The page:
Despite all the legal posturing, Ah Foo was found guilty of evading customs duty on 1½ lbs of cigars, fined £11 5s, and ordered to be imprisoned until the fine was paid. (Southern Cross, 25 November 1876)

2 comments:

  1. Hi, Cynthia!

    You did such a terrific job, and wonderfully presented as well! Now that I'm doing this blog, I hope to include more about the early Chinese in Auckland as time goes on. Cheers!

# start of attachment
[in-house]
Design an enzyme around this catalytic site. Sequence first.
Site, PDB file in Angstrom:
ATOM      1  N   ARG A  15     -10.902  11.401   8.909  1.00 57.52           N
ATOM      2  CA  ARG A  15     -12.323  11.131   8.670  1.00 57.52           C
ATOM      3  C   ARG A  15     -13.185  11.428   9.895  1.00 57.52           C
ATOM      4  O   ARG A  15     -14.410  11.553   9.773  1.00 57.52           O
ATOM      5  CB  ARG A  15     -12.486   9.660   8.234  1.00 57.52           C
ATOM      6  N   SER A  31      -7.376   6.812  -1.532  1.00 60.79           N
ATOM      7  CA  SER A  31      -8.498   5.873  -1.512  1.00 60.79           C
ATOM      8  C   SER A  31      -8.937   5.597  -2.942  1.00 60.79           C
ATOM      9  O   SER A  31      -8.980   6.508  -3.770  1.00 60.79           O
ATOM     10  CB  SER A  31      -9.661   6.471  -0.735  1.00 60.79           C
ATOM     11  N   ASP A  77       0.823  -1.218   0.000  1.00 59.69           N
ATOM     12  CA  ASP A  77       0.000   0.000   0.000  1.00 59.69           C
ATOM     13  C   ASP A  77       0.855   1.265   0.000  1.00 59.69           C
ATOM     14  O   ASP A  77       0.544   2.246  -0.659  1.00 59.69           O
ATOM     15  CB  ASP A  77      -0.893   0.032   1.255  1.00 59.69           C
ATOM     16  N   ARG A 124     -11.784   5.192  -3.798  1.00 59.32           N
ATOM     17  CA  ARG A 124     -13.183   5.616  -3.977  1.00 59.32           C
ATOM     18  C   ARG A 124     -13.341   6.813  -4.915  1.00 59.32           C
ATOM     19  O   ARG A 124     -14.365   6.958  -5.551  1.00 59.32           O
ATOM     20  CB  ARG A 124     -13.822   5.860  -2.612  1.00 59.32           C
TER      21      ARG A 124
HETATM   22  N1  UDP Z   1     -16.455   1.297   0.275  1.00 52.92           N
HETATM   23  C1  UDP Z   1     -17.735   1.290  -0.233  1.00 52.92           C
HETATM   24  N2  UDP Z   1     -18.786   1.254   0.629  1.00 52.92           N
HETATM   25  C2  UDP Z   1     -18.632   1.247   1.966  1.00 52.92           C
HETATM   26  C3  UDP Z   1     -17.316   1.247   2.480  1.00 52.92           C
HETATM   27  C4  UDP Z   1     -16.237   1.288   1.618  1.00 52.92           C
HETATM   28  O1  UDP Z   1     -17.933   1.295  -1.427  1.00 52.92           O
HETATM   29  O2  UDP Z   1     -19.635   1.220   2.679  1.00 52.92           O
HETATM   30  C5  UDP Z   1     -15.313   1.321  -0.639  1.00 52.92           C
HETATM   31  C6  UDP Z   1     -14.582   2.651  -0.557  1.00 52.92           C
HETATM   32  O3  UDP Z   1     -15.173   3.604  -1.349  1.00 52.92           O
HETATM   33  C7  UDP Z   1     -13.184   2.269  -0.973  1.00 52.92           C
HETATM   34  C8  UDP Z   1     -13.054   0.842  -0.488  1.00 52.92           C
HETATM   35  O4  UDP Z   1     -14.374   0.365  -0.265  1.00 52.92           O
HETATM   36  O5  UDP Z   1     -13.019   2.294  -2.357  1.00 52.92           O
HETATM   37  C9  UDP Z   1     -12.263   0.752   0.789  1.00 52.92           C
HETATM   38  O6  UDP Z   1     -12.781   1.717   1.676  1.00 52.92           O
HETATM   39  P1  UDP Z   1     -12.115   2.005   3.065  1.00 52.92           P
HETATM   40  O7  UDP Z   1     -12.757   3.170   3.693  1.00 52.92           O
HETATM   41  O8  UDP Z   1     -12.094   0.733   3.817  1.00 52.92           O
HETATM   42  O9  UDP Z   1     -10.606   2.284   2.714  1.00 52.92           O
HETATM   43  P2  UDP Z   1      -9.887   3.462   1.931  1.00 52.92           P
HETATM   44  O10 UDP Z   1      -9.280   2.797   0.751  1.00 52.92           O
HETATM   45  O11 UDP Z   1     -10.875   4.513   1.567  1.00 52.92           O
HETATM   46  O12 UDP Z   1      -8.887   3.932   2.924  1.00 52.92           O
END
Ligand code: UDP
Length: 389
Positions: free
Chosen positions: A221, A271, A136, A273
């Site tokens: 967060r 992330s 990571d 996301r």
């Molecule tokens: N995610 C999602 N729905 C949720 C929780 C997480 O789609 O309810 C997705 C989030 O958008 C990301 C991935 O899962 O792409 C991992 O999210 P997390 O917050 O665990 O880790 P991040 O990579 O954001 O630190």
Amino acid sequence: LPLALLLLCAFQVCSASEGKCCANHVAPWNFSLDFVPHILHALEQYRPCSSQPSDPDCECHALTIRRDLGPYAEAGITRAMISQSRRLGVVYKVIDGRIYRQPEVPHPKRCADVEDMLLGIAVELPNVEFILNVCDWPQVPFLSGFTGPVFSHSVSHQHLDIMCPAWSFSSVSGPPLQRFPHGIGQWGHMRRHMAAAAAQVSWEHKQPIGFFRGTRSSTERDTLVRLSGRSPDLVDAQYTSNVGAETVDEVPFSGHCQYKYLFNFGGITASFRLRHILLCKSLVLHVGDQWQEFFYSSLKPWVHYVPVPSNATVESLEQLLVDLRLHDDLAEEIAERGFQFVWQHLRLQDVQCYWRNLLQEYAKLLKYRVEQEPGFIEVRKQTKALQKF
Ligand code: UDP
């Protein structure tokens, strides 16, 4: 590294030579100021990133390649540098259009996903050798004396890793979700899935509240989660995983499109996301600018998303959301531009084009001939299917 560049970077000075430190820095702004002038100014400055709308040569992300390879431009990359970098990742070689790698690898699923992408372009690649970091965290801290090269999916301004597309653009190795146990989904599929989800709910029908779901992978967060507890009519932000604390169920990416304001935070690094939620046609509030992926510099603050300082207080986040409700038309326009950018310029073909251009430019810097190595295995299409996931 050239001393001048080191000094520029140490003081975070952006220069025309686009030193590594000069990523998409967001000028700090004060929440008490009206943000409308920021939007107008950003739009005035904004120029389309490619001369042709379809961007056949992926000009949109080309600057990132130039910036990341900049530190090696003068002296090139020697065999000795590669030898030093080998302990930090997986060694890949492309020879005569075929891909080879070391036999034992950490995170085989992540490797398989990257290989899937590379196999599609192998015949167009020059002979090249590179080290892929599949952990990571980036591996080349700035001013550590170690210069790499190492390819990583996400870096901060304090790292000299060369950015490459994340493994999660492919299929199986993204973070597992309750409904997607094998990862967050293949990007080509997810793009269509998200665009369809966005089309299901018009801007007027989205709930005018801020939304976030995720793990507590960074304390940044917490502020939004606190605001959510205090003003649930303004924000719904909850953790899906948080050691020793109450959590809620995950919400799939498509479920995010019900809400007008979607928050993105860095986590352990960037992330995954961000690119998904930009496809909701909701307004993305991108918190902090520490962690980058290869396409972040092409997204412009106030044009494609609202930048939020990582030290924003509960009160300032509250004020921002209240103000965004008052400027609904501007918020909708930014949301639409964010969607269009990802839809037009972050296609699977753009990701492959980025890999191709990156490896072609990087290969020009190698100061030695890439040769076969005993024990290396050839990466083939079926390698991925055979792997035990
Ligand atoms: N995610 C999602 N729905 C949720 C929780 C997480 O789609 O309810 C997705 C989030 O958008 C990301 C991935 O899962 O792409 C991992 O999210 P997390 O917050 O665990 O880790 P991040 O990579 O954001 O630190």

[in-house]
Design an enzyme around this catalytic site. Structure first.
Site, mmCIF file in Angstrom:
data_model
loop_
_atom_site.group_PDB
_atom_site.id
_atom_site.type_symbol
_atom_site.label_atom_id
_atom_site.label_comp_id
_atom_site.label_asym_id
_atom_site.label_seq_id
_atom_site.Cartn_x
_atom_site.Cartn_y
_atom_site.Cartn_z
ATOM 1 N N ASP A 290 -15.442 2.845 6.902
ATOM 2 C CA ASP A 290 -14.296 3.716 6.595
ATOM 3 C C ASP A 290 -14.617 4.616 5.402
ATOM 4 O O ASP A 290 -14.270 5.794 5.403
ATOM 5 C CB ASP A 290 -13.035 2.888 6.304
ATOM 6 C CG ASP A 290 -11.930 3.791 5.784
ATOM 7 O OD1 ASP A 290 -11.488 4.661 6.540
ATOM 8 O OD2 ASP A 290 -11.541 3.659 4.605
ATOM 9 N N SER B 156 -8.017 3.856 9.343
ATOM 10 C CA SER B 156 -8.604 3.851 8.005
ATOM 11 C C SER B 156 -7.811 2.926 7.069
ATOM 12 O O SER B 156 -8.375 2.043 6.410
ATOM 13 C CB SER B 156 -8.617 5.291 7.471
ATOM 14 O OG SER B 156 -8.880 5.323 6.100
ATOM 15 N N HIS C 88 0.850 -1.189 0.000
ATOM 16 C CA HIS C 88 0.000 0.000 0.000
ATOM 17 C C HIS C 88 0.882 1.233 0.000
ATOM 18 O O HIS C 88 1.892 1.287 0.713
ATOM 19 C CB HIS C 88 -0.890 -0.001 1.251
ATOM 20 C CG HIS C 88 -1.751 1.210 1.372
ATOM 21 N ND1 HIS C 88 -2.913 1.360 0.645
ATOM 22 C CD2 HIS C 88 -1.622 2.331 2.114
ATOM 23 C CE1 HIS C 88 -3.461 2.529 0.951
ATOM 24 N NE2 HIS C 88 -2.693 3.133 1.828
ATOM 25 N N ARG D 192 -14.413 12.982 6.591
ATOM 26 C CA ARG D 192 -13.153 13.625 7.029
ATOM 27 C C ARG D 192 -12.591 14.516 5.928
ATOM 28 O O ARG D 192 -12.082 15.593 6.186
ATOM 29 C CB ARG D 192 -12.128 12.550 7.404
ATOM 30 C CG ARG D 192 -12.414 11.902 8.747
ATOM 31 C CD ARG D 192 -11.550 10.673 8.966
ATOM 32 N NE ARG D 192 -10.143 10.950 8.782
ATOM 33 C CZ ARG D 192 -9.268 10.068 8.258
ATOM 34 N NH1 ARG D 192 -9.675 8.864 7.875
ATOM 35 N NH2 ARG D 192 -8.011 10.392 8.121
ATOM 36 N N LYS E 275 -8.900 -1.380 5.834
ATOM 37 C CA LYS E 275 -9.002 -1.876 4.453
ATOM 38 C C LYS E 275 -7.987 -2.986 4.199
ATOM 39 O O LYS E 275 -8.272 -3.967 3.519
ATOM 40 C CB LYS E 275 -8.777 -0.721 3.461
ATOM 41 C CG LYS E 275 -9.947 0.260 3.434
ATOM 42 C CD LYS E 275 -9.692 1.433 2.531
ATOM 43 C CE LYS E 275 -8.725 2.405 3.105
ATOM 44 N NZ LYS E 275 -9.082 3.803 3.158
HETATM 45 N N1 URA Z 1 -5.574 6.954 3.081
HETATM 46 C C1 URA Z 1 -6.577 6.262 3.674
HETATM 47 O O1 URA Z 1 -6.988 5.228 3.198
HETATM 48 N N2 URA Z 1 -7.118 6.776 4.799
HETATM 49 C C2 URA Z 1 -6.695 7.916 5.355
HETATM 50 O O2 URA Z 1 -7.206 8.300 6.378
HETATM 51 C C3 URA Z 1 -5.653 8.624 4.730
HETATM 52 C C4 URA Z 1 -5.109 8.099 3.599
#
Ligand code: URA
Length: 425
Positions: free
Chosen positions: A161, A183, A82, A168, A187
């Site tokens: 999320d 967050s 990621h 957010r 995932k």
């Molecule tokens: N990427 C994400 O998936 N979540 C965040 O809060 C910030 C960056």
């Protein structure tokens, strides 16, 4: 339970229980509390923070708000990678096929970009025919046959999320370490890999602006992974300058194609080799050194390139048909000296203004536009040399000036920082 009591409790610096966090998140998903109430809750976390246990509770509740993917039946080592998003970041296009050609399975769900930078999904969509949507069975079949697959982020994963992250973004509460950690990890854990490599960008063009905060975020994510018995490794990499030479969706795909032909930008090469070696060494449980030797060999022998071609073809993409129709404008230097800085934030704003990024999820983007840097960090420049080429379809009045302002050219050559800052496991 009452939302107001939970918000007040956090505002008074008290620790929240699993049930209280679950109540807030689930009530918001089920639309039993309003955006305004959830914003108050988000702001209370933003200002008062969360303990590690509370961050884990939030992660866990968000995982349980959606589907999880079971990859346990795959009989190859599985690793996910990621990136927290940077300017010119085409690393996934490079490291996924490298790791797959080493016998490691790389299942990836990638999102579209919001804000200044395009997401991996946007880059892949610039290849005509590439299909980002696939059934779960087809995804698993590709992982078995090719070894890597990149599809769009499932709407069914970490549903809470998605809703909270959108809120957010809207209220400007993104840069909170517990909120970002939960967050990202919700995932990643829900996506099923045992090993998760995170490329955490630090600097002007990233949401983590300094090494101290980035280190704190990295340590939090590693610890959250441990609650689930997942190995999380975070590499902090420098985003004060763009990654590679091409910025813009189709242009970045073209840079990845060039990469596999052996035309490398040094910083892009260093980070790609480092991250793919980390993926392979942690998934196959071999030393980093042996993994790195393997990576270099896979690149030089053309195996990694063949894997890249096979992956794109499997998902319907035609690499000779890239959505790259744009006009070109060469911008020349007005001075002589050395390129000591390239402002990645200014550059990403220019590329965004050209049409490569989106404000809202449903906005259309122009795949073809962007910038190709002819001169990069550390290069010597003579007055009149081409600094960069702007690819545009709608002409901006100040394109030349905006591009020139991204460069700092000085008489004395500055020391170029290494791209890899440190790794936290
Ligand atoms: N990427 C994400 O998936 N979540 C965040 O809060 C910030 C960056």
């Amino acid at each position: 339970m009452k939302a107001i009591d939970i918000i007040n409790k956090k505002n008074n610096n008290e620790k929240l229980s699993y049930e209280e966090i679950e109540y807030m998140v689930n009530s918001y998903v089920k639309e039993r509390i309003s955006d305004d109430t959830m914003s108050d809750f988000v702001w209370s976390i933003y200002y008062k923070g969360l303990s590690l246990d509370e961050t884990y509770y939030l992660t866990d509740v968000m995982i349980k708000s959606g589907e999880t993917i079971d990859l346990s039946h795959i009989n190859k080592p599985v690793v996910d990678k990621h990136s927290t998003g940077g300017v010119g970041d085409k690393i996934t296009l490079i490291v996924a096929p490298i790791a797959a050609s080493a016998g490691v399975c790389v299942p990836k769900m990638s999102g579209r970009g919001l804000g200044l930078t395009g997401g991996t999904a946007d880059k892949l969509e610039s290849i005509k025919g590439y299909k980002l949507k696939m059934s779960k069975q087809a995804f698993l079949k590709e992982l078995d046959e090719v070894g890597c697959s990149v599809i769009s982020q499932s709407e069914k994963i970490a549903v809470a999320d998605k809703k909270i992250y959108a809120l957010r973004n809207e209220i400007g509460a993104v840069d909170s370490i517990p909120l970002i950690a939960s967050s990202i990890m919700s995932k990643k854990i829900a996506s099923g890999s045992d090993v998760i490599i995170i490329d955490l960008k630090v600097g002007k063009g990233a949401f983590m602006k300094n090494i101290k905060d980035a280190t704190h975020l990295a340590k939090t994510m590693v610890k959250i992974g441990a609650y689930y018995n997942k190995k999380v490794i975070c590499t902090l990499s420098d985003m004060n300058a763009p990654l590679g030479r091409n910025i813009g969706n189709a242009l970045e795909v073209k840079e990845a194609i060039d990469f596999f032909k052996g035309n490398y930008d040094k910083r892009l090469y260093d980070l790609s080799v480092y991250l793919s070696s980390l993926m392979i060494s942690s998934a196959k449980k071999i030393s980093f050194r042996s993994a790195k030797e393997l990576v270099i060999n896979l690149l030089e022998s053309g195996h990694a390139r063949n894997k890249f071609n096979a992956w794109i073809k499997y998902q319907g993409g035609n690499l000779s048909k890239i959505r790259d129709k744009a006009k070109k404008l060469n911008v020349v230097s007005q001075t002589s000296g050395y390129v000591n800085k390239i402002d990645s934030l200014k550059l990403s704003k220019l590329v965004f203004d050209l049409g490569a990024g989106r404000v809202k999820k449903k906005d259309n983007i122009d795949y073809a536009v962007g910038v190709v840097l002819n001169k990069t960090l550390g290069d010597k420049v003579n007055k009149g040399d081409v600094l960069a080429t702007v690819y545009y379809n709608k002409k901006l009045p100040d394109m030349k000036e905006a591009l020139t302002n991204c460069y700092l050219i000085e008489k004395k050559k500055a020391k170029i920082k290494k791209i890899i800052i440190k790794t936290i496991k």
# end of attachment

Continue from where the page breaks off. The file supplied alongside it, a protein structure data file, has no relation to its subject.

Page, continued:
ReplyDelete
  2. (Cynthia asked tonight for her email addy to be removed. However, it meant I had to delete the whole comment, so here it is again:)

    Cynthia said...

    Hi Lisa,

    Kah-bee and Bridget from the Auckland Research Centre forwarded me a link to your post!

    Glad to see that you found my thesis useful - and it's so cool to read that you were able to prove the 'existence' of Chinese in New Zealand even earlier - and in Auckland too!

    Cynthia

    ReplyDelete